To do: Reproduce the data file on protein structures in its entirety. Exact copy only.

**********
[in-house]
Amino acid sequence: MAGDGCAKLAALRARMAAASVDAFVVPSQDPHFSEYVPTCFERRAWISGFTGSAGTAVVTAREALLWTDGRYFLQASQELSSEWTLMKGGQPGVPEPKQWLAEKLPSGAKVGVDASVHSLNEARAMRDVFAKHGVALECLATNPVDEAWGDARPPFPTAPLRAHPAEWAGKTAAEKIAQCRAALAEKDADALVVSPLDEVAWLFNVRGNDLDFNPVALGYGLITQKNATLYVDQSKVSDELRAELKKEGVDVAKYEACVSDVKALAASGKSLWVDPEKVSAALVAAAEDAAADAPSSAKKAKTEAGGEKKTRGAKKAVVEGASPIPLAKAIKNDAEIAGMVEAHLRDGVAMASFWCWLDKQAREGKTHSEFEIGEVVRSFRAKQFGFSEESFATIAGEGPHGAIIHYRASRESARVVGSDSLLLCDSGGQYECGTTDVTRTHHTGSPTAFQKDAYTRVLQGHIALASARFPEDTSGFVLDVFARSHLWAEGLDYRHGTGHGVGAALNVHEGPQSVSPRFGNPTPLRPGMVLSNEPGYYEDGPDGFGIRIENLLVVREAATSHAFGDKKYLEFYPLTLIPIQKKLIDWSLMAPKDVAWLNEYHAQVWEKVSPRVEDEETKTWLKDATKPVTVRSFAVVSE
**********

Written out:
[in-house]
Amino acid sequence: MAGDGCAKLAALRARMAAASVDAFVVPSQDPHFSEYVPTCFERRAWISGFTGSAGTAVVTAREALLWTDGRYFLQASQELSSEWTLMKGGQPGVPEPKQWLAEKLPSGAKVGVDASVHSLNEARAMRDVFAKHGVALECLATNPVDEAWGDARPPFPTAPLRAHPAEWAGKTAAEKIAQCRAALAEKDADALVVSPLDEVAWLFNVRGNDLDFNPVALGYGLITQKNATLYVDQSKVSDELRAELKKEGVDVAKYEACVSDVKALAASGKSLWVDPEKVSAALVAAAEDAAADAPSSAKKAKTEAGGEKKTRGAKKAVVEGASPIPLAKAIKNDAEIAGMVEAHLRDGVAMASFWCWLDKQAREGKTHSEFEIGEVVRSFRAKQFGFSEESFATIAGEGPHGAIIHYRASRESARVVGSDSLLLCDSGGQYECGTTDVTRTHHTGSPTAFQKDAYTRVLQGHIALASARFPEDTSGFVLDVFARSHLWAEGLDYRHGTGHGVGAALNVHEGPQSVSPRFGNPTPLRPGMVLSNEPGYYEDGPDGFGIRIENLLVVREAATSHAFGDKKYLEFYPLTLIPIQKKLIDWSLMAPKDVAWLNEYHAQVWEKVSPRVEDEETKTWLKDATKPVTVRSFAVVSE